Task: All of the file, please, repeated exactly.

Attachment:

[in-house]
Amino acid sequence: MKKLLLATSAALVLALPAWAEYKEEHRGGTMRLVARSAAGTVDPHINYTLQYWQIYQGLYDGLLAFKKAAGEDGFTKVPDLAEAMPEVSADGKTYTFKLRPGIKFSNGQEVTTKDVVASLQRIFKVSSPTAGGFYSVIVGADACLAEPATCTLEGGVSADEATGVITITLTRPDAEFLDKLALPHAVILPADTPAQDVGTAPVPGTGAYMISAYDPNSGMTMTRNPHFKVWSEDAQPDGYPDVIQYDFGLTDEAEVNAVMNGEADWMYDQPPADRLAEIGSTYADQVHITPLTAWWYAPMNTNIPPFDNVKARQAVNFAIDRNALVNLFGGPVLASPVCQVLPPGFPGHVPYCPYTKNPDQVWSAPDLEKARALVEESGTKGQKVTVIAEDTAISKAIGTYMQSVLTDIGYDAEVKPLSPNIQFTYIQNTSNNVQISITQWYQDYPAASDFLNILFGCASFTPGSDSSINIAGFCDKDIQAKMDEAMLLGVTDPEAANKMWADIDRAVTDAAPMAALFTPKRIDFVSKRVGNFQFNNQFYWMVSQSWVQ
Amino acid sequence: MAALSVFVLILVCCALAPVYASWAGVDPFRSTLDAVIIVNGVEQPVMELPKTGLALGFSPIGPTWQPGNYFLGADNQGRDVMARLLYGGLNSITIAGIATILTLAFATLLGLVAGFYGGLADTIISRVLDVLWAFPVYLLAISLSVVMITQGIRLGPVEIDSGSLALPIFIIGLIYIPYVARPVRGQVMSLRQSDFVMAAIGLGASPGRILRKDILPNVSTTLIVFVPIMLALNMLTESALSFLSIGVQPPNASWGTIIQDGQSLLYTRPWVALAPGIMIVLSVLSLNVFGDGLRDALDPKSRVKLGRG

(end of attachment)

[in-house]
Amino acid sequence: MKKLLLATSAALVLALPAWAEYKEEHRGGTMRLVARSAAGTVDPHINYTLQYWQIYQGLYDGLLAFKKAAGEDGFTKVPDLAEAMPEVSADGKTYTFKLRPGIKFSNGQEVTTKDVVASLQRIFKVSSPTAGGFYSVIVGADACLAEPATCTLEGGVSADEATGVITITLTRPDAEFLDKLALPHAVILPADTPAQDVGTAPVPGTGAYMISAYDPNSGMTMTRNPHFKVWSEDAQPDGYPDVIQYDFGLTDEAEVNAVMNGEADWMYDQPPADRLAEIGSTYADQVHITPLTAWWYAPMNTNIPPFDNVKARQAVNFAIDRNALVNLFGGPVLASPVCQVLPPGFPGHVPYCPYTKNPDQVWSAPDLEKARALVEESGTKGQKVTVIAEDTAISKAIGTYMQSVLTDIGYDAEVKPLSPNIQFTYIQNTSNNVQISITQWYQDYPAASDFLNILFGCASFTPGSDSSINIAGFCDKDIQAKMDEAMLLGVTDPEAANKMWADIDRAVTDAAPMAALFTPKRIDFVSKRVGNFQFNNQFYWMVSQSWVQ
Amino acid sequence: MAALSVFVLILVCCALAPVYASWAGVDPFRSTLDAVIIVNGVEQPVMELPKTGLALGFSPIGPTWQPGNYFLGADNQGRDVMARLLYGGLNSITIAGIATILTLAFATLLGLVAGFYGGLADTIISRVLDVLWAFPVYLLAISLSVVMITQGIRLGPVEIDSGSLALPIFIIGLIYIPYVARPVRGQVMSLRQSDFVMAAIGLGASPGRILRKDILPNVSTTLIVFVPIMLALNMLTESALSFLSIGVQPPNASWGTIIQDGQSLLYTRPWVALAPGIMIVLSVLSLNVFGDGLRDALDPKSRVKLGRG